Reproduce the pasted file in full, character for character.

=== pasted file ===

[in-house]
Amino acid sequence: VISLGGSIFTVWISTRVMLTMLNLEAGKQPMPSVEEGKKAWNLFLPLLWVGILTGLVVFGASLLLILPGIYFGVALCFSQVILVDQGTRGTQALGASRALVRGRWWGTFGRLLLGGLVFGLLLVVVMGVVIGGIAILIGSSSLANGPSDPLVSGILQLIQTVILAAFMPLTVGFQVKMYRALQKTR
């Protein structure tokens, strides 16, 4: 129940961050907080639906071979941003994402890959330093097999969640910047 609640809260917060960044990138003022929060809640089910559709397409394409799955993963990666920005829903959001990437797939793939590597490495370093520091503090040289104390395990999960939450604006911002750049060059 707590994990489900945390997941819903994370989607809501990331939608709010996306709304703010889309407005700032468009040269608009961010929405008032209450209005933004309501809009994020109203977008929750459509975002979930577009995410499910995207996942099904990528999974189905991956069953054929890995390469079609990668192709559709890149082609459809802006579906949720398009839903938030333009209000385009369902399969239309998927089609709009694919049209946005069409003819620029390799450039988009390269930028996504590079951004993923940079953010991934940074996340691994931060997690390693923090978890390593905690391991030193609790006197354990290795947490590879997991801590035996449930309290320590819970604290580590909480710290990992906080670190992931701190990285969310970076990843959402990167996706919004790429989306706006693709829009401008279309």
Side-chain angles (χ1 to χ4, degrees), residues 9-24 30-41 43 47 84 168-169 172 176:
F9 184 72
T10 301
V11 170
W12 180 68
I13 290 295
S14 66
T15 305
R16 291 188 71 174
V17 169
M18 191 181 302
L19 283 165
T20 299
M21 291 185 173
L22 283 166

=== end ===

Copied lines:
[in-house]
Amino acid sequence: VISLGGSIFTVWISTRVMLTMLNLEAGKQPMPSVEEGKKAWNLFLPLLWVGILTGLVVFGASLLLILPGIYFGVALCFSQVILVDQGTRGTQALGASRALVRGRWWGTFGRLLLGGLVFGLLLVVVMGVVIGGIAILIGSSSLANGPSDPLVSGILQLIQTVILAAFMPLTVGFQVKMYRALQKTR
């Protein structure tokens, strides 16, 4: 129940961050907080639906071979941003994402890959330093097999969640910047 609640809260917060960044990138003022929060809640089910559709397409394409799955993963990666920005829903959001990437797939793939590597490495370093520091503090040289104390395990999960939450604006911002750049060059 707590994990489900945390997941819903994370989607809501990331939608709010996306709304703010889309407005700032468009040269608009961010929405008032209450209005933004309501809009994020109203977008929750459509975002979930577009995410499910995207996942099904990528999974189905991956069953054929890995390469079609990668192709559709890149082609459809802006579906949720398009839903938030333009209000385009369902399969239309998927089609709009694919049209946005069409003819620029390799450039988009390269930028996504590079951004993923940079953010991934940074996340691994931060997690390693923090978890390593905690391991030193609790006197354990290795947490590879997991801590035996449930309290320590819970604290580590909480710290990992906080670190992931701190990285969310970076990843959402990167996706919004790429989306706006693709829009401008279309």
Side-chain angles (χ1 to χ4, degrees), residues 9-24 30-41 43 47 84 168-169 172 176:
F9 184 72
T10 301
V11 170
W12 180 68
I13 290 295
S14 66
T15 305
R16 291 188 71 174
V17 169
M18 191 181 302
L19 283 165
T20 299
M21 291 185 173
L22 283 166